Assessing the quality of cause of death data in six high-income countries: Australia, Canada, Denmark, Germany, Japan and Switzerland

Publikation: Bidrag til tidsskrift/Konferencebidrag i tidsskrift /Bidrag til avisTidsskriftartikelForskningpeer review

DOI

  • Lene Mikkelsen, Bloomberg Data for Health Initiative, University of Melbourne
  • ,
  • Kim Moesgaard Iburg
  • Tim Adair, University of Melbourne
  • ,
  • Thomas Fürst, Swiss Tropical and Public Health Institute (Swiss TPH)
  • ,
  • Michael Hegnauer, Swiss Tropical and Public Health Institute (Swiss TPH)
  • ,
  • Elena von der Lippe, Robert Koch-Institut
  • ,
  • Lauren Moran, Australian Bureau of Statistics
  • ,
  • Shuhei Nomura, University of Tokyo
  • ,
  • Haruka Sakamoto, University of Tokyo
  • ,
  • Kenji Shibuya, King's College London
  • ,
  • Annelene Wengler, Robert Koch-Institut
  • ,
  • Stephanie Willbond, Statistics Canada
  • ,
  • Patricia Wood, Statistics Canada
  • ,
  • Alan D. Lopez, University of Melbourne

Objectives: To assess the policy utility of national cause of death (COD) data of six high-income countries with highly developed health information systems. Methods: National COD data sets from Australia, Canada, Denmark, Germany, Japan and Switzerland for 2015 or 2016 were assessed by applying the ANACONDA software tool. Levels, patterns and distributions of unusable and insufficiently specified “garbage” codes were analysed. Results: The average proportion of unusable COD was 18% across the six countries, ranging from 14% in Australia and Canada to 25% in Japan. Insufficiently specified codes accounted for a further 8% of deaths, on average, varying from 6% in Switzerland to 11% in Japan. The most commonly used garbage codes were Other ill-defined and unspecified deaths (R99), Heart failure (I50.9) and Senility (R54). Conclusions: COD certification errors are common, even in countries with very advanced health information systems, greatly reducing the policy value of mortality data. All countries should routinely provide certification training for hospital interns and raise awareness among doctors of their public health responsibility to certify deaths correctly and usefully for public health policy.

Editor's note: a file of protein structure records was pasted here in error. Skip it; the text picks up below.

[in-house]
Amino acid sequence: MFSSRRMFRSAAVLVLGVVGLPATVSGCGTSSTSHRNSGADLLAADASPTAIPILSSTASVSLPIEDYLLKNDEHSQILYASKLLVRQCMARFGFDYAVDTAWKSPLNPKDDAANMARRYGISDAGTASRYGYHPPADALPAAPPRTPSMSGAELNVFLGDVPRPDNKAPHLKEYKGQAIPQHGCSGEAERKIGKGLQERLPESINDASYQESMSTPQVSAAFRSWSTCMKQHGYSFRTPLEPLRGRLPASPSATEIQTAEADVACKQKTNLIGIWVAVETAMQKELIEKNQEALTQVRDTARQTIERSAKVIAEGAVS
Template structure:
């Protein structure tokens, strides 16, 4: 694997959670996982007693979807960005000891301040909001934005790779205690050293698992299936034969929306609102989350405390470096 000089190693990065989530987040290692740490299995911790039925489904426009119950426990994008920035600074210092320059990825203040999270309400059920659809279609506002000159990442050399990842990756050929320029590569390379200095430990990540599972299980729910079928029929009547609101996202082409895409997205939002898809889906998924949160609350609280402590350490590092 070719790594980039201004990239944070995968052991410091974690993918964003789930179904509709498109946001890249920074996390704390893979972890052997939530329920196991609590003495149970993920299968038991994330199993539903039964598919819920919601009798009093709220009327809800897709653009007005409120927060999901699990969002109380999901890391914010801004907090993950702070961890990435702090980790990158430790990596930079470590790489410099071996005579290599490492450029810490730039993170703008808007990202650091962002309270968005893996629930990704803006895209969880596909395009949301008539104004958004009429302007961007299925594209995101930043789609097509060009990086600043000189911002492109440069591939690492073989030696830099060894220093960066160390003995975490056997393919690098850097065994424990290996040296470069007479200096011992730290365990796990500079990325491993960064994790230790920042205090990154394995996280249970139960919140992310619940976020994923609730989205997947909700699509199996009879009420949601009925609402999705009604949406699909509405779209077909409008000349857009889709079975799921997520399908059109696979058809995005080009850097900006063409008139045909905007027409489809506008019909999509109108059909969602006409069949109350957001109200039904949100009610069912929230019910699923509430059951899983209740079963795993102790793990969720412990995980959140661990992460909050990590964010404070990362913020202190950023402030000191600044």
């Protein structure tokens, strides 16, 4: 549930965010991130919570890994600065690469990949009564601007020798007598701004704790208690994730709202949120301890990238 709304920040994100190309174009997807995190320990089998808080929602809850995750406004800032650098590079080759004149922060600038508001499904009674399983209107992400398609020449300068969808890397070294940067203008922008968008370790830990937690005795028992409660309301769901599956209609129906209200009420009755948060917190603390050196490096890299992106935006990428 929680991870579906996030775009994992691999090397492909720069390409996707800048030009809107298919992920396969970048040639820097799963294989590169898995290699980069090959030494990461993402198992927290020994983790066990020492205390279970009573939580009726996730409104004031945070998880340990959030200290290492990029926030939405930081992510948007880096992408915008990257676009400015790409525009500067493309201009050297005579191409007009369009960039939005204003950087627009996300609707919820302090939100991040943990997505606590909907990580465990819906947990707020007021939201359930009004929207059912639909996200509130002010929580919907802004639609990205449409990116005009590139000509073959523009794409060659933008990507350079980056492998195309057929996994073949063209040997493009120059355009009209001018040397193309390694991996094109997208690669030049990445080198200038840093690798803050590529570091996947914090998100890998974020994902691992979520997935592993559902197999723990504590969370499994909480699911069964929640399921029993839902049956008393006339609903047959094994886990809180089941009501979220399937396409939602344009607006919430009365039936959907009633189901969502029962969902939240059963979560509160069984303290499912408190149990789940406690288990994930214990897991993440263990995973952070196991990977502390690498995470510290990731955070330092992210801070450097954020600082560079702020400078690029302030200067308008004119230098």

OriginalsprogEngelsk
TidsskriftInternational Journal of Public Health
Vol/bind65
Nummer1
Sider (fra-til)17-28
Antal sider12
ISSN1661-8556
DOI
StatusUdgivet - 1 jan. 2020

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